I’m happy to report that those annoying five pounds are gone; I have more energy; and my body is looking more toned! I’m experiencing less indigestion and don’t feel as fatigued during the day. I think the wheat was clouding up my mind, too. Since I’ve reduced my intake, the creative juices have started flowing more rapidly. That’s not to say that I’ll be the newest inductee into the Inventors’ Hall of Fame, but it’s personally significant for me.  I’m also amazed to state that I don’t really miss gluten. I’m still able to eat potatoes, oats and rice. And I can still use my bread-making skills to produce gluten-free bread. It’s more cakey than regular bread, but if I really want a tuna melt, it’ll suffice! I’ve even been allowing myself a free meal once a week. As a result, any hankerings that I have for bread or pasta is satsified. Plus, I discover that I don’t feel so hot after eating wheat. It lessens my desire to eat it.

So far, I’m the only one in my family participating in this experiment, but at the bare minimum, my children and husband are getting an education on how the body responds to different foods.

I’ve only been living low wheat for a month, but I’m willing to go another. It may be more challenging with the winter months approaching (A hearty stew must be accompanied with crusty bread, right?), but I’m going to take it one day at a time. All I have is today anyway. They–who’s “they” again?–say you can’t teach an old dog new tricks. Well, perhaps this past month proves…I’m not a dog;)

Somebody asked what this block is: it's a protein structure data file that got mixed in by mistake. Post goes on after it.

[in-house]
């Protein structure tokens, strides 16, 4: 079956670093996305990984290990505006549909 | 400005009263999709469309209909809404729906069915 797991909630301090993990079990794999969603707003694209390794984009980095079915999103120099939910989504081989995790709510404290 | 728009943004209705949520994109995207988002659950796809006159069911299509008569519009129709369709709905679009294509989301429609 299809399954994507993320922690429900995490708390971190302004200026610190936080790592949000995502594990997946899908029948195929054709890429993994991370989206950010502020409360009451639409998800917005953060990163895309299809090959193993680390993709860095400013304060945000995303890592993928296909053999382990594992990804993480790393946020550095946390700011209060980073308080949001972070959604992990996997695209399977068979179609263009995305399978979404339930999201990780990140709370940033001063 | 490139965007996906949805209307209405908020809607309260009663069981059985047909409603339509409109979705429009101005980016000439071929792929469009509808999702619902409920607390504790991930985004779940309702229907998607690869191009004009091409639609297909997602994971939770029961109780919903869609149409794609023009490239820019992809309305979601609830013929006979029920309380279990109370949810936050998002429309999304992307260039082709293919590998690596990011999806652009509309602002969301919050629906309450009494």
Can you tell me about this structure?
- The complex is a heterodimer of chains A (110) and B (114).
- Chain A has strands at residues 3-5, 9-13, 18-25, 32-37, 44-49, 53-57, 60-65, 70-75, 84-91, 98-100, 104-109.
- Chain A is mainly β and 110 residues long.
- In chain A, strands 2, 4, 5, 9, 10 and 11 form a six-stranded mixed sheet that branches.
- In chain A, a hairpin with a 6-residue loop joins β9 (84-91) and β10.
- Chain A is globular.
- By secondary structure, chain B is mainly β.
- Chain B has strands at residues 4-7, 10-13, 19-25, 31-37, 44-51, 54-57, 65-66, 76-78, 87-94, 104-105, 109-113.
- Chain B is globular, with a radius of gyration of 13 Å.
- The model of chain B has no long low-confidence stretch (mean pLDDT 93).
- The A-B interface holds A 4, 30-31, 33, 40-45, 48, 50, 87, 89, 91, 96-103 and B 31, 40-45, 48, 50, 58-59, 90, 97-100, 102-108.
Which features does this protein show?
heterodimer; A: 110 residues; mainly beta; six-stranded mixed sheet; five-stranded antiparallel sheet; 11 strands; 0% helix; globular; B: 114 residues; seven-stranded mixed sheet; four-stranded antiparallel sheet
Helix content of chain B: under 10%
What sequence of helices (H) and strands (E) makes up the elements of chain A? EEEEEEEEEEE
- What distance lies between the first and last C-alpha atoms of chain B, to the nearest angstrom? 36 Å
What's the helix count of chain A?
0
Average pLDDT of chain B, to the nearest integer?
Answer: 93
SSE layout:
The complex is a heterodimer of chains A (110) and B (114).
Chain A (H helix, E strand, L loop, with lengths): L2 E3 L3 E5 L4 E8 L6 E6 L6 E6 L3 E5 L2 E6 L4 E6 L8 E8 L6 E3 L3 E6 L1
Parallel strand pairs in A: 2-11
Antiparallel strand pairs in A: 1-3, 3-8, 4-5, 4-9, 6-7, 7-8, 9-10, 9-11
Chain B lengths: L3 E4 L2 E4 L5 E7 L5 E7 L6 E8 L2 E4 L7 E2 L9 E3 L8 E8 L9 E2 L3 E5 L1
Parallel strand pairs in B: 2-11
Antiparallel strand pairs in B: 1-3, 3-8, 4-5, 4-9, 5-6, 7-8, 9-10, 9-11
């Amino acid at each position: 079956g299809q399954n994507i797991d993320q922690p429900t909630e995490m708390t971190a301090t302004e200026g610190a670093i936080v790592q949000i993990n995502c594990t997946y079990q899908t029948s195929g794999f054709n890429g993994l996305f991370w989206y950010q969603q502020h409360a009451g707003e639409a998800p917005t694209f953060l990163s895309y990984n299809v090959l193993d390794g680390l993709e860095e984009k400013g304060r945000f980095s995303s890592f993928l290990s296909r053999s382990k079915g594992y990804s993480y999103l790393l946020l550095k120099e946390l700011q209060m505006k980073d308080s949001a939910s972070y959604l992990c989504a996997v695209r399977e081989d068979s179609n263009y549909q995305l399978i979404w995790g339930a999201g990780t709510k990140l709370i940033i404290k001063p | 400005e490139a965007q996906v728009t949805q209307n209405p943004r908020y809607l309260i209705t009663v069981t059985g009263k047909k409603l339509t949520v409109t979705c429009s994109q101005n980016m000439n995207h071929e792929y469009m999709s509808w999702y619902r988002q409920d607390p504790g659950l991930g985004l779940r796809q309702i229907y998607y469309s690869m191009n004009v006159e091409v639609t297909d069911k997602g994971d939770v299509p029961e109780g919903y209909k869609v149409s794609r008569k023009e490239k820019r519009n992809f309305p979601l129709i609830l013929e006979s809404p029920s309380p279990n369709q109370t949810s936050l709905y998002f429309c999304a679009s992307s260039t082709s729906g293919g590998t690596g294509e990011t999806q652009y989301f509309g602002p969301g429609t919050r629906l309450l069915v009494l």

Written by heathercirmo

September 27, 2013 at 9:21 am

Posted in Uncategorized

I’m wasting away…and that’s okay.

with one comment

Jillian Michaels. Ryan Seacrest. Cameron Diaz. Charlize Theron. They’re all still cool, right? I admit it. I have episodes of vanity where I gauge my “hipness” by star-gazing. If famous people my age still have “it,” then I’m alright. Childish, I know, but it does lift my spirits from time to time…temporarily. The reality is, though, that in spite of all my best efforts (and many of you know how hard I try!), my body is falling apart. You may think this is a depressing thought on my 39th birthday. And it would be if this were the only reality for me. The wonderful truth, though, is that though I may be outwardly wasting away, my inner man is being renewed day after day (2 Corinthians 4:16).

Don’t misunderstand me: this is not some birthday wish I hope comes true if I blow out all 39 of the candles on my cake. This is a promise for me and for any Christ-follower. The same Spirt that raised Christ from the dead dwells in me (Romans 8:11),  serves as a deposit guaranteeing that Jesus will come back for me (2 Corinthians 1:22), makes me holy, provides me inexplicable and immeasurable peace and joy, and opens my eyes to what really matters: the eternal. The Holy Spirit of God within me is, indeed, restoring my soul. For this I am most grateful.